Dr. Marengo-Rowe assisted Dr. Lehmann in screening blood for examples of abnormal hemoglobins. This research activity involved obtaining blood samples from random populations, as well as specific individuals. One circumstance was uniquely challenging. Stories existed about a “blue” prostitute who could be found only at night in Hyde Park. The scientists postulated that her skin color was due to a hemoglobinopathy, or disorder caused by or associated with the presence of abnormal hemoglobins in the blood (Figure (Figure33).

Figure 3
“Fingerprint” patterns of hemoglobin: (a) normal hemoglobin A; (b) hemoglobin 0 Arab. Handwritten notations by Herman Lehmann designate amino acid variation from normal hemoglobin. Figure from Dr. Alain Marengo-Rowe.

Dr. Marengo-Rowe was assigned to find the lady and to obtain her permission to draw her blood. Dr. Marengo-Rowe was able to learn where and when the “blue lady” could be found. He described the awkward conversation as he offered to pay her money in exchange for the opportunity to draw her blood. She agreed and was identified to have a hemoglobinopathy that was given the nomenclature Hemoglobin M Hyde Park. The M denotes methemoglobin, which was responsible for the woman's blue skin tone. Hemoglobin M Hyde Park demonstrates a 92 His → Tyr amino acid substitution on the hemoglobin (β-chain (5). America also had a “blue family,” known as “The Blue People of Troublesome Creek” (6).

Dr. Marengo-Rowe developed a method to perform haemoglobin electrophoresis on cellulose acetate strips. This method, now known as the “Marengo-Rowe method,” was superior to both starch block and starch gel and is commonly used today (7) (Figure (Figure44).

Figure 4
Electrophoretic mobilities of various hemoglobins on starch gel. Figure from Dr. Alain Marengo-Rowe.

Max Perutz's personal memoirs include a story from his late teens that reveals something about his circumstances, dreams, and goals. During his last year of school, he had an English girlfriend who returned to England in the summer. They had become good friends and continued to correspond. She kept all of his letters and returned them to him during the last years of his life. In August 1932, he wrote to her, “I'm turning over and over in my mind how I could get out of becoming a textile manufacturer in a Czech village and having to give up chemistry. Surely mankind would suffer an incalculable loss if I failed to win the Nobel Prize.” Commenting in his memoirs, “We wrote to each other tongue-in-cheek then. It seriously never occurred to me that this might come true. But I was very amused to find myself writing this at age nineteen” (2).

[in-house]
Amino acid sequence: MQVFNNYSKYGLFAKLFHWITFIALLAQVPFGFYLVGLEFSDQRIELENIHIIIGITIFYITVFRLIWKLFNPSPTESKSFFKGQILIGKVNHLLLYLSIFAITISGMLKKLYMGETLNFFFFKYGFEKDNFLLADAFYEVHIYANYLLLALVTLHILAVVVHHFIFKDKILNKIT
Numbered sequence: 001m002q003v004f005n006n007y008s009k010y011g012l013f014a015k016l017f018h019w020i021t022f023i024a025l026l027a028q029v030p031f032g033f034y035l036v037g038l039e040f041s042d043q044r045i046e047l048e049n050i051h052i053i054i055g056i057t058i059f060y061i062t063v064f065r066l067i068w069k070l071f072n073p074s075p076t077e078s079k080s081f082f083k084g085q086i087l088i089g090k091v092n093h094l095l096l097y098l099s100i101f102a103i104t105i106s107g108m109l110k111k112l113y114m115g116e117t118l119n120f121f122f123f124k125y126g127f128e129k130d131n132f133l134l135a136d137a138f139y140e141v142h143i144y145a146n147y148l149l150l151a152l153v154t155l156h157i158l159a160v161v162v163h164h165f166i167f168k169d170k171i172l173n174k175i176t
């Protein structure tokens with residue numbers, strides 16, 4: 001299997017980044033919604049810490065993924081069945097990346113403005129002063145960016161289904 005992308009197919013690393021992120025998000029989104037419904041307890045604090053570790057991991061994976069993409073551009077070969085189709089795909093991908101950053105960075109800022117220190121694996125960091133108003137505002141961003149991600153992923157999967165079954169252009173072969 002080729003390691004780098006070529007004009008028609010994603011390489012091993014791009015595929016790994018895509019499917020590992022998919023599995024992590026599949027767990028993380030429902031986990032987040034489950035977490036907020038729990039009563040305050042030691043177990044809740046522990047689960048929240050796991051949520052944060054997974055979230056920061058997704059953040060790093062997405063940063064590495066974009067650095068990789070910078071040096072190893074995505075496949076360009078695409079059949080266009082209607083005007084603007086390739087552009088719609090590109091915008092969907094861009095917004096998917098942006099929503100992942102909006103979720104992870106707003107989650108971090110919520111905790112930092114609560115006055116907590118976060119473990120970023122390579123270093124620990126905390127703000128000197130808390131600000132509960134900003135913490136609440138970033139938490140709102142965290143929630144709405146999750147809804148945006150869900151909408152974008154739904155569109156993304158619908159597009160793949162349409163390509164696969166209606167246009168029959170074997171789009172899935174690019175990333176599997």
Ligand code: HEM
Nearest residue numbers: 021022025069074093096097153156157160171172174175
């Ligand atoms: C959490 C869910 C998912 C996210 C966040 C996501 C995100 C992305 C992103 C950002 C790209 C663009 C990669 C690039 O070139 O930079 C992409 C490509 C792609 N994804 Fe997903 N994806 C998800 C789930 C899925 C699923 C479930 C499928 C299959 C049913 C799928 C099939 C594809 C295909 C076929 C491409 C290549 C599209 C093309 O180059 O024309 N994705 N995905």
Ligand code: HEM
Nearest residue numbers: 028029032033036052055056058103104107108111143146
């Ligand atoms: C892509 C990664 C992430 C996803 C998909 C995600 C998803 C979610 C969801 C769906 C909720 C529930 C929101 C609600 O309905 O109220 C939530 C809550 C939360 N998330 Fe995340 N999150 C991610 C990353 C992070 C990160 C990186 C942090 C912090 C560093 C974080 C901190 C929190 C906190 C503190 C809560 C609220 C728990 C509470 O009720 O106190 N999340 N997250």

Dr. Marengo-Rowe remembers that in a year that Max's laboratory did not have a Nobel Prize winner, Max attached a note to one of Dr. Marengo-Rowe's papers that said, “Tell Alain Marengo-Rowe to report to Sweden at once. He has won the Nobel Prize!” One can almost hear the group enjoying the humor behind the message, as Max sought to encourage, compliment, and inspire his young colleague.

Max Perutz's motto was “In science, truth always wins.” He said that unlike in philosophy and economics, where debates continue for generations, in science nature always tells us what is right, and that answer is final (2). Perutz was a great communicator—in the arts as well as the sciences. Some of the popular science books he wrote include Is Science Necessary?: Essays on Science and Scientists, Science Is Not a Quiet Life: Unraveling the Atomic Mechanism of Hemoglobin, and I Wish I Made You Angry Earlier: Essays on Science, Scientists, and Humanity (Figure (Figure55). Many honors were bestowed on this deeply cultured and captivating man.

Figure 5
Some of Perutz's popular books on science.

Research at the Perutz Laboratory of Molecular Biology has resulted in nine Nobel Prizes. Perutz had a knack for recognizing extraordinary talent and creating a work environment where talented people could pursue their ideas. He insisted that young scientists be given full responsibility and credit for their work. No hierarchy existed in the laboratory; everyone was on a first-name basis. Groups were small, and senior scientists—including Perutz—worked at the bench (3).

Perutz knew how great science came about:

Creativity in science, as in art, cannot be organized. It arises spontaneously from individual talent. Well-run laboratories can foster it, but hierarchical organizations, inflexible bureaucratic rules, and mountains of futile paperwork can kill it. Discoveries cannot be planned, they pop up, like Puck, in unexpected corners (3).


1. Perutz ME. The Medical Research Council Laboratory of Molecular Biology. Available at http://www.nobelprize.org/medicine/articles/perutz/index.html; accessed December 13, 2004.
2. Vega Science Trust Interview with Max Perutz: Discoverer of the structure of haemoglobin. Available at http://www.vega.org.uk/series/facetoface/perutz/; accessed December 13, 2004.
3. Rhodes D. Climbing mountains. A profile of Max Perutz 1914-2002: a life in science. EMBO Reports. 2002;3(5):393–395. [PMC free article] [PubMed]
4. Perutz MF, Rossman MG, Cullis AF, Muirhead H, Will G, North ACT. Structure of haemoglobin: a three-dimensional Fourier synthesis at 5.5A resolution, obtained by x-ray analysis. Nature. 1960;185:416–422. [PubMed]
5. Harris H. The Principles of Human Biochemical Genetics. 3rd ed. Philadelphia: Elsevier; 1980.
6. Trost C. The blue people of Troublesome Creek. Science. 1982;82(Nov):35–39.
7. Marengo-Rowe A. Rapid electrophoresis and quantitation of haemoglobins on cellulose acetate. J Clin Pathol. 1965;18:790–792. [PMC free article] [PubMed]